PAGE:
Spiritual Disciplines For the Purpose of Godliness| Prayer | 3rd in Series
“Discipline yourself for the purpose of godliness” (1 Timothy 4:7b NASB)
Prayer is an expression of our heart, an outpouring of intimacy, a loving dialogue with the Father.The Word of God makes it clear we are to participate in prayer.
"Pray continually," (1 Thessalonians 5:17). "Prayer is a relationship...an expression of a Christian's unbroken relationship with the Father...if talking with and thinking of God can't be in the forefront of your mind, it should always be peeking over and ready to take the place of what you are concentrating on. So praying without ceasing means you never really stop conversing with God; you simply have frequent interruptions," (Don Whitney, Spiritual Disciplines for the Christian Life). According to the Barna Group's annual tracking survey of religious acitivities, those who self identified as Christians spent an average 8 minutes per day in prayer and more than 1/3 prayed only once per day. If this is true of most of us, there is much room to grow.
"Devote yourselves to prayer," (Colossians 4:2a). Spending time with the Lord in prayer should be a priority and yet the Barna Group found, "...Christians spend seven times as much time on entertainment as they do on spiritual activities." The less time we spend in prayer the weaker our inclination to do so becomes. We may begin to feel distant from God emotionally and spiritually, which further weakens our resolve to spend time with Him, leading us to fill in our time with other pursuits and distractions.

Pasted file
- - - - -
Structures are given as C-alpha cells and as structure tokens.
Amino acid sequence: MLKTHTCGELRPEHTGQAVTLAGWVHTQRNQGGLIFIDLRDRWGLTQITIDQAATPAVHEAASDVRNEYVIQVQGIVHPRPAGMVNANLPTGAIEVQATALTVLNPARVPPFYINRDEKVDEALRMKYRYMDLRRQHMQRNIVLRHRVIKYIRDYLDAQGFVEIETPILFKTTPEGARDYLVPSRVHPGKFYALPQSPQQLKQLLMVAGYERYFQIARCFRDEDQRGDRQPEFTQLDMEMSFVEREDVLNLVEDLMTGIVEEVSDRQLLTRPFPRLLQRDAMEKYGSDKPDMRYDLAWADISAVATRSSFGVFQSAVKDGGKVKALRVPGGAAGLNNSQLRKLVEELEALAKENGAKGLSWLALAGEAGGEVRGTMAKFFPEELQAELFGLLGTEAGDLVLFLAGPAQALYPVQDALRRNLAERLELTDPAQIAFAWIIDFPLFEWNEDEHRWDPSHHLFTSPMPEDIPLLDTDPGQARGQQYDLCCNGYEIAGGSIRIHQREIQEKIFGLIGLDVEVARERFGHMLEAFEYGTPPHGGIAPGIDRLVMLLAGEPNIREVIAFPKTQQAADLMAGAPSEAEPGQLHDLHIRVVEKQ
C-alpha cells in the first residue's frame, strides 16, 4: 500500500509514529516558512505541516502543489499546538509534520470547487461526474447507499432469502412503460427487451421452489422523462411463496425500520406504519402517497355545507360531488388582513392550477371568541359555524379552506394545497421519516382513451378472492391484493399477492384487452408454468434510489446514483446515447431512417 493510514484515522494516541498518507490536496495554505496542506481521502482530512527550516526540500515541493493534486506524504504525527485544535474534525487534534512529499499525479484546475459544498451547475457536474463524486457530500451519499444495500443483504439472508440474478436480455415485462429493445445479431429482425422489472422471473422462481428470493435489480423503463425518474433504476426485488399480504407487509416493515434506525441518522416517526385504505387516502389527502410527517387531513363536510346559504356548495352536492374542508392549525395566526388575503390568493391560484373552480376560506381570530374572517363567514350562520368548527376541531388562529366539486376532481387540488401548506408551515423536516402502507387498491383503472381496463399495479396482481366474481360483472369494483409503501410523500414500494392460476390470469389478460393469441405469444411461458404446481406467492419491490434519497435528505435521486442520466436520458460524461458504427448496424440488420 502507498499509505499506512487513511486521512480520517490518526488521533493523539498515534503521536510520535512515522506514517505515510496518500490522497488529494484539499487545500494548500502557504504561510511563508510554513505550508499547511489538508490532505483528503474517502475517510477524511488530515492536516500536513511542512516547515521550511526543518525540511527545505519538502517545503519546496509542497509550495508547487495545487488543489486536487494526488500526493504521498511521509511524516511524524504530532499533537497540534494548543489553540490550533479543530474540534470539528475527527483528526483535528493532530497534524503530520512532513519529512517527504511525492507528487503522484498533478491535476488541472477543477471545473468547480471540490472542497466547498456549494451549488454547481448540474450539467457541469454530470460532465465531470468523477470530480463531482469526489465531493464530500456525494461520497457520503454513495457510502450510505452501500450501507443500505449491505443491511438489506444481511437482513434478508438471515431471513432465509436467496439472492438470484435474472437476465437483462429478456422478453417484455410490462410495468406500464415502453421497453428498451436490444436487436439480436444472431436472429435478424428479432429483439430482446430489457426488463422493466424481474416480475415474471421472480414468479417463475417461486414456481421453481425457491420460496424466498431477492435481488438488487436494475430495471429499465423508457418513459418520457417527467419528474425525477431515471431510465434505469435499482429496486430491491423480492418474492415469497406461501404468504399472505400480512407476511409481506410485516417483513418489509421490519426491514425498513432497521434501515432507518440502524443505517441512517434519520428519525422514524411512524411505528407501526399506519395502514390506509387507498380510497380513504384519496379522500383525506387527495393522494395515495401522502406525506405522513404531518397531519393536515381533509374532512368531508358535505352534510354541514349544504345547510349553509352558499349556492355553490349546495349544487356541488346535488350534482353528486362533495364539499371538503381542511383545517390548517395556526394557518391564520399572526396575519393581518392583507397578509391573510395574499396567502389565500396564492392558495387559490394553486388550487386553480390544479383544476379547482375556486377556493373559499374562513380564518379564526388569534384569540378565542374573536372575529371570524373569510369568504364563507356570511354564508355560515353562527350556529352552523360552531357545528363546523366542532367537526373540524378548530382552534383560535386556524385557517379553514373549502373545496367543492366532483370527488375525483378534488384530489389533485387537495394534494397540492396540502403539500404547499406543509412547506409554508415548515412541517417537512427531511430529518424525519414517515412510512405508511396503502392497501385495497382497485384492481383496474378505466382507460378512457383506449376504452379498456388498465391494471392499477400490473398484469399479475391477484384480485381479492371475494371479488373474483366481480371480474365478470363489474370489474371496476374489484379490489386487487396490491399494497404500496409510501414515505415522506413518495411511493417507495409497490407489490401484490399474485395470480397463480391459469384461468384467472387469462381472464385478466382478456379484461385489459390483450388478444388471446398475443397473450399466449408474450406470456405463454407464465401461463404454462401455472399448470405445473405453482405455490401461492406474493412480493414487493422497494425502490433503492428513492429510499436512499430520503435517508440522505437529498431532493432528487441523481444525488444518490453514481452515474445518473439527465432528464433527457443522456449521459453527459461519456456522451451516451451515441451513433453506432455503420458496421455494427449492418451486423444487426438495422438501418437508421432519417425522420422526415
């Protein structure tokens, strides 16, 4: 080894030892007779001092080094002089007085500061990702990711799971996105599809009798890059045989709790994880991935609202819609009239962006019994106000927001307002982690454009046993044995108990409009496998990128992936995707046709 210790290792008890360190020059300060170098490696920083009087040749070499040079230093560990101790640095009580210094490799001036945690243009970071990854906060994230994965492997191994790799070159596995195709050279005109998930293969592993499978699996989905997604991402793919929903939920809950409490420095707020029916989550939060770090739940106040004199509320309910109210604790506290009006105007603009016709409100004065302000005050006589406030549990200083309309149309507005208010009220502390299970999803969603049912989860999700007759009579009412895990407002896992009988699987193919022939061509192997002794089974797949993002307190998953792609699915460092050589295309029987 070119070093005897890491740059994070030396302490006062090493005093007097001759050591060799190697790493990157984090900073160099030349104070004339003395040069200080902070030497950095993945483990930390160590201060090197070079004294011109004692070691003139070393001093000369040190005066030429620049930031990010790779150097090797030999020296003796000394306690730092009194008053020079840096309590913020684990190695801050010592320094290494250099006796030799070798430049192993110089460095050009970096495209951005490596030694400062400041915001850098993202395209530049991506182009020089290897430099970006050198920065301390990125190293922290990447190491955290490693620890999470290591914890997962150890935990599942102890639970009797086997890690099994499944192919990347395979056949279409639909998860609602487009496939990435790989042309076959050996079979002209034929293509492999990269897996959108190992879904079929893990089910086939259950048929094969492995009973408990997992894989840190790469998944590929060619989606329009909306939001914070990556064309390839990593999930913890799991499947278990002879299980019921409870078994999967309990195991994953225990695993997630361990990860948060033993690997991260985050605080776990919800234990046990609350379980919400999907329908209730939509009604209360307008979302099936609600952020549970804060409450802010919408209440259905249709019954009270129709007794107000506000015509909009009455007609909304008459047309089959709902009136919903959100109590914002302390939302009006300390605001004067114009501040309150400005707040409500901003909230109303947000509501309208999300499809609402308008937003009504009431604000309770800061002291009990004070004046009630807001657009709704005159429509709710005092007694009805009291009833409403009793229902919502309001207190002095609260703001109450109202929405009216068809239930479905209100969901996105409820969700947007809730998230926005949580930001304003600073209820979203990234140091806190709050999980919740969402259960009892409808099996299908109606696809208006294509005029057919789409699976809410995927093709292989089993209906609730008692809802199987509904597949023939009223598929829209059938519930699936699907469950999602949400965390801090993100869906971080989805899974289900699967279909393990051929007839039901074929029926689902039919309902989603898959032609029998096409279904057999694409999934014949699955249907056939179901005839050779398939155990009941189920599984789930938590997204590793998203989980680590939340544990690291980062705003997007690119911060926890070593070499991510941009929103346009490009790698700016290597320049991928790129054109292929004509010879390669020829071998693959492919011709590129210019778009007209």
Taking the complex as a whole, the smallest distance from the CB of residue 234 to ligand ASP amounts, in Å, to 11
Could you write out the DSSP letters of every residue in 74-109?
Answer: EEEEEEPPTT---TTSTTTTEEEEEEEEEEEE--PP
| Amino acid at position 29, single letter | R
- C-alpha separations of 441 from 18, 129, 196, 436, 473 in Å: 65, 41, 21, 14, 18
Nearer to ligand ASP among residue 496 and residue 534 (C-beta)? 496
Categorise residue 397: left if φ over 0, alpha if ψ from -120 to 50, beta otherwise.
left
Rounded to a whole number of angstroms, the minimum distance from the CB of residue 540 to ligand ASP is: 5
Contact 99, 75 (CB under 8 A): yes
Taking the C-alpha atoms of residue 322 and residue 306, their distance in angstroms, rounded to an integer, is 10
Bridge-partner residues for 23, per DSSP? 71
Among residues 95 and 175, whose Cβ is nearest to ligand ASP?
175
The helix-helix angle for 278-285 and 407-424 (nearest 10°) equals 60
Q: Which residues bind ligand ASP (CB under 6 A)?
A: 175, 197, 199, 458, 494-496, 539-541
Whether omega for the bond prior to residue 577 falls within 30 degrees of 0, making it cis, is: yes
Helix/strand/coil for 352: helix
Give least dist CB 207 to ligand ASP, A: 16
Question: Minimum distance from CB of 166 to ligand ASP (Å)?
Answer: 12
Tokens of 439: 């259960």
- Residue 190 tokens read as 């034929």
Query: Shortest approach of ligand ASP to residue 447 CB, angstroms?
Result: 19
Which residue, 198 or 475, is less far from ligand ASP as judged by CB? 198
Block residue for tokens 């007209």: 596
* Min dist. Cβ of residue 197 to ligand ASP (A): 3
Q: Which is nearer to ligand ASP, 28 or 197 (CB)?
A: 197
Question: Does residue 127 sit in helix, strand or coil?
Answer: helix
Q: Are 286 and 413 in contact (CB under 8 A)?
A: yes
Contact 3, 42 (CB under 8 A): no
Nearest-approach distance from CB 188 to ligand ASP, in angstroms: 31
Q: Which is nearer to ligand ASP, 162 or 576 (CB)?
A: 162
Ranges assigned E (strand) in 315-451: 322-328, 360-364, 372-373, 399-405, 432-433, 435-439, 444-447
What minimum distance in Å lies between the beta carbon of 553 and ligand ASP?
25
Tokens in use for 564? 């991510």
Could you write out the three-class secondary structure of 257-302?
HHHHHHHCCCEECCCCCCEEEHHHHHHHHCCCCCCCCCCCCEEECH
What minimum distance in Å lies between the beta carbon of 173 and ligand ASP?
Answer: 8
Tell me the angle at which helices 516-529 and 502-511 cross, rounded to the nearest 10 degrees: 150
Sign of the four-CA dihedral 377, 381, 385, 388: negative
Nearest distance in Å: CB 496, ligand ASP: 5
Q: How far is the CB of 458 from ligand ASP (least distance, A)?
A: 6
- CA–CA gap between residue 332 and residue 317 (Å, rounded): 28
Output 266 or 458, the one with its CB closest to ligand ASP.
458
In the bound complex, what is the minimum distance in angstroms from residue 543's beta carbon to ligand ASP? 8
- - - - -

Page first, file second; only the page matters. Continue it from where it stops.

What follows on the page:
Prayer is much more than, "...a divine summons, [it is] also a royal invitation," (Spiritual Disciplines for the Christian Life). Prayer should not be viewed as an obligation but as an opportunity to come before the throne where the Lord desires to hear from us, is jealous for our time. As we seek to grow into a sharper image of Christ we can remind ourselves that Jesus needed to pray (Matthew 14:23, Luke 5:16). Maintaining a constant focus on Jesus, His nature and characteristics, what He endured on the cross, how God is revealed in Him, makes prayer and praise less difficult and more relational.
Practicing prayer can help us overcome perceived challenges we may associate with praying.10 Ways to Practice Prayer by Mary Margaret Collingsworth, offers practical applications for prayer practice. Incorporating the Bible into prayer can be an effective way to meditate on God's Word; revealing a deeper understanding of a particular passage. John Piper offers tips on praying through scripture, Tips for Praying the Word. Praying with others in your community group (TACC Life Group information), corporately in worship service, or at a monthly Evening of Prayer, helps us to witness how others pray and shows us the power of united prayer. Learning how other Christian cultures pray may encourage us in our prayer life. In the article 5 Things Romanian Believers Taught Me About Prayer, Trevin Wax shares his experience with how people in other parts of the world pray and praise. Ask someone who has been on the mission field out of our country about their prayer experiences. Attend "In the Garden" women's brunch. Speaker June Hetzel, Dean, School of Education at Biola, will unpack "Proper Purposes and Priorities in Prayer."
The following article by Joe Carter offers some interesting Biblical prayer information:
Do you know how many prayer are mentioned in the Bible (and how many were answered)? Here's the answer to that question and other things you should know about the prayer in the Bible...
Read the rest here: 9 Things You Should Know About Prayer in the Bible | The Gospel Coalition
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